This study examined the major topics, focus areas, and targeted age (grade) levels in featured articles appearing in the Music Educators Journal (MEJ) from 2011 to 2016. The MEJ, which every member of the National Association for Music Education receives, is the oldest and most widely distributed music education publication in the United States. Building on Pierre Bourdieu’s concepts of cultural capital, this analysis examined featured articles in MEJ for implied skills, knowledge, and expertise valuable to its large audience of music educators over the past five years. Results indicate an imbalance in attention given to secondary level performance ...


An Action Research Study Of Barriers To Paraprofessional/Teaching Assistant Licensure In New York Community Colleges, Tonya L. Johnson 2017 CUNY Bronx Community College

An Action Research Study Of Barriers To Paraprofessional/Teaching Assistant Licensure In New York Community Colleges, Tonya L. Johnson

Publications and Research

The majority of New York State teachers remain disproportionately White, while their student populations grow increasingly diverse, and New York has experienced a dramatic increase in the number of diverse students, often referred to as students of color, including a large number of immigrant groups, in nearly all regions of the state. Recently published research has underscored that in order for multilingual, multiethnic, and multiracial teacher candidates to successfully enter the teaching profession, teacher preparation programs may need to alter some of their practices. In particular, the bulk of the research highlighted a need to expand recruiting for more diverse ...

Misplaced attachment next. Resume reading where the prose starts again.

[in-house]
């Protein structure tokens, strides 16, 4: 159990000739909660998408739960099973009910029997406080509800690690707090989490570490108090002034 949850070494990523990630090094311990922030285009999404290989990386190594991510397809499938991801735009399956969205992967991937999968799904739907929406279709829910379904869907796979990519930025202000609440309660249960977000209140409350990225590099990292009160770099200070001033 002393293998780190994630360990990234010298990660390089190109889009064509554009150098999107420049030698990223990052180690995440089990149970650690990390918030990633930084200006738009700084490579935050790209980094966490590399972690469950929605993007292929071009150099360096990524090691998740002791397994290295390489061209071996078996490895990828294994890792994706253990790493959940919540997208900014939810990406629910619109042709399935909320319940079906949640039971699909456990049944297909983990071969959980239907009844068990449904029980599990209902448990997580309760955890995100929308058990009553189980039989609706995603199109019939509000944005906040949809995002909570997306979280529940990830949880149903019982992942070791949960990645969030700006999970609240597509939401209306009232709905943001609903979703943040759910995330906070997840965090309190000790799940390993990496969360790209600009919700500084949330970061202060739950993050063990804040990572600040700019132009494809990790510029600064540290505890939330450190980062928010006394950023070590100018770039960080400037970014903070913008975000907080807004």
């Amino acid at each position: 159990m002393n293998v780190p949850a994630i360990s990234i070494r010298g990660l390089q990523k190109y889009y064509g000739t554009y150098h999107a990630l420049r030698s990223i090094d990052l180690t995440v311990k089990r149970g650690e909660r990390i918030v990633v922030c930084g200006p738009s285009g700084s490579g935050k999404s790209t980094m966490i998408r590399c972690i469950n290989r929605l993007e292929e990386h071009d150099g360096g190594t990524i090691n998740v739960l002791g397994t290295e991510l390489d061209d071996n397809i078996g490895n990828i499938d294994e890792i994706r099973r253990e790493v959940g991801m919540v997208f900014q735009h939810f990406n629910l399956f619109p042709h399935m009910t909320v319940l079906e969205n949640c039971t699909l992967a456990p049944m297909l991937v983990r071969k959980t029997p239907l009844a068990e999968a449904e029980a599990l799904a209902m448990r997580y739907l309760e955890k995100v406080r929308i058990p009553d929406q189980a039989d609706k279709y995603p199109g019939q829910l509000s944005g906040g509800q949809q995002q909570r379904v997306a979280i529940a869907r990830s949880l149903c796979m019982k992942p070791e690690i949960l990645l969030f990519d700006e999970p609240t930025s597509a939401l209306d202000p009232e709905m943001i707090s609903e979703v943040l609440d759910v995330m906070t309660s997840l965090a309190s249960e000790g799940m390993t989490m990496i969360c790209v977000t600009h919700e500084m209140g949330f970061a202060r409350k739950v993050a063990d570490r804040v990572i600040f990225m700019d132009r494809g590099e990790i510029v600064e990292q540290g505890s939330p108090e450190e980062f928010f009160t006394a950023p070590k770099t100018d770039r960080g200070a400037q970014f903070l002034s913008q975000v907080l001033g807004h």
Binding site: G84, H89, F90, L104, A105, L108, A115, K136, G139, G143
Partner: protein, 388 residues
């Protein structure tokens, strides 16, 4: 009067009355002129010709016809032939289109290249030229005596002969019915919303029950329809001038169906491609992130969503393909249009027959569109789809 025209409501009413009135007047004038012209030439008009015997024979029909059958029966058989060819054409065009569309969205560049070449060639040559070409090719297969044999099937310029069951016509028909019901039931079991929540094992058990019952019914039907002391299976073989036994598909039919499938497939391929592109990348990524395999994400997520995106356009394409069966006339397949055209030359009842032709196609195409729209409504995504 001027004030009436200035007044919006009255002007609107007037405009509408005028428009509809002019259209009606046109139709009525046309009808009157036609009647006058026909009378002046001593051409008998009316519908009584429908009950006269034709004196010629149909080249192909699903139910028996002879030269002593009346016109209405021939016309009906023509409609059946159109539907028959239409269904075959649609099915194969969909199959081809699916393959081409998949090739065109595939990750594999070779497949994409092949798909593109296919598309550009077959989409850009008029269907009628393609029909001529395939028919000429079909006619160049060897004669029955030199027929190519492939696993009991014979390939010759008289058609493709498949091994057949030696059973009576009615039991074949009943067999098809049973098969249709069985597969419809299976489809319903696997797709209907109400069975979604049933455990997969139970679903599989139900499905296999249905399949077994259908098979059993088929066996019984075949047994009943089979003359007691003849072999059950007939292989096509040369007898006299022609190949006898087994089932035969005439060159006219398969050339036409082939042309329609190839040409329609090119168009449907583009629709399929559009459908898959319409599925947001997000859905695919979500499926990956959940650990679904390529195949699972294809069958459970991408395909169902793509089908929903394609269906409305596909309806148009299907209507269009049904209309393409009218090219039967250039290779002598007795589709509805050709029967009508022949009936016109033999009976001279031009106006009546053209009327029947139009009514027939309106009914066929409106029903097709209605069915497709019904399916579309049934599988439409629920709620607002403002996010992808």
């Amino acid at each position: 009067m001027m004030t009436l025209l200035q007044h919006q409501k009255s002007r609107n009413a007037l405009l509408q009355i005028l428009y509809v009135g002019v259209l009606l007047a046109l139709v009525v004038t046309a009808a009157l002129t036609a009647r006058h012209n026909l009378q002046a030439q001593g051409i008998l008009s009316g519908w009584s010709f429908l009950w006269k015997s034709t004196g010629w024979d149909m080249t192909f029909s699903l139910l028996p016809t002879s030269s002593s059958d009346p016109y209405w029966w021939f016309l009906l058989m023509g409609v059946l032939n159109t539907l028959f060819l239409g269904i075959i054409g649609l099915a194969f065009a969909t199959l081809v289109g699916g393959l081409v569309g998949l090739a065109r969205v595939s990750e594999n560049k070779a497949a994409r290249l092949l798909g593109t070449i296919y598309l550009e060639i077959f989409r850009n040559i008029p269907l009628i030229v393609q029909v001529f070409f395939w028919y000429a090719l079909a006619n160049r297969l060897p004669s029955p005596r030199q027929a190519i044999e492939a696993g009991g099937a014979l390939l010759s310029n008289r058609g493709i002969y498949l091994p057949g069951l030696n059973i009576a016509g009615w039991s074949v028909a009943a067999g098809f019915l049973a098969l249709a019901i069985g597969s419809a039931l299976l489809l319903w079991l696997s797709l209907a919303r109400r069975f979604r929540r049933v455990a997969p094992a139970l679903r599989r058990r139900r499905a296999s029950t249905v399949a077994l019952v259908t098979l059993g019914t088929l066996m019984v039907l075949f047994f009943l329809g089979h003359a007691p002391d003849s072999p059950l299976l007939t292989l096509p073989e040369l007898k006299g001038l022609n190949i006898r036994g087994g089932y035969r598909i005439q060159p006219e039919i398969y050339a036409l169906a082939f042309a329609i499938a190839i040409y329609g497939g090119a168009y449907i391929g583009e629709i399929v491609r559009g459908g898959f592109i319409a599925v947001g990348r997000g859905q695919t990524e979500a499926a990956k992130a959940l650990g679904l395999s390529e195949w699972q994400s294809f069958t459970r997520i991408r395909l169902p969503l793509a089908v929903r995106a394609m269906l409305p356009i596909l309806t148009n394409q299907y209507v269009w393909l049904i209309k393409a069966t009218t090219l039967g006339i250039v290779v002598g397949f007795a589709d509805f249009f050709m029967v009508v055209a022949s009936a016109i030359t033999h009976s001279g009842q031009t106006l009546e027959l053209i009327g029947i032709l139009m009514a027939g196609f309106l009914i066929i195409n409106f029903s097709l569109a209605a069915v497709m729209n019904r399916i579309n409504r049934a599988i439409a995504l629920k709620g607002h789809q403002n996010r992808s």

What Complicates Or Enables Teachers’ Enactment Of Leadership, Jill Bradley-Levine 8881892 2017 Ball State University, Muncie, IN

What Complicates Or Enables Teachers’ Enactment Of Leadership, Jill Bradley-Levine 8881892

The Qualitative Report

This article presents findings from a case study that describes the ways that four teachers pursuing their master’s degree in teacher leadership engaged in leadership activities in their schools. In order to explore this purpose, this study examines two research questions: (1) How do teachers enact leadership in their schools and (2) What complicates or enables teachers’ leadership activity? Findings indicate that the norms of the teaching profession including equality and privacy affect teachers’ enactment of leadership in their schools. Teacher leaders limit their work based on their knowledge of these norms, their past experiences engaging in leadership, and ...


Teachers’ Perceptions Of Educational Games That Keep Score Of Cooperative Performances, Theodore Alden Wohlfarth 2017 University of Missouri-St. Louis

Teachers’ Perceptions Of Educational Games That Keep Score Of Cooperative Performances, Theodore Alden Wohlfarth

Dissertations

The scoring systems used in traditional sports and games are founded on the zero-sum premise that players are on opposite sides and one side can win only if the other side loses. These scoring systems may be effective at nurturing zero-sum mindsets and providing data for assessing performance in win-lose relationships. If so, games that use different scoring systems can be used to facilitate the development of collaborative mindsets, nurture win-win skills between diverse groups, and enable objective self-assessment of performances in non-zero-sum events when engaging with those on “other sides.” Although economic game theory has rich reservoirs of research ...


Learning To Assess Student Understanding Through Formative And Summative Assessment, Sheryl McGlamery, Saundra Shillingstad 2017 University of Nebraska at Omaha

Learning To Assess Student Understanding Through Formative And Summative Assessment, Sheryl Mcglamery, Saundra Shillingstad

Journal of Curriculum, Teaching, Learning and Leadership in Education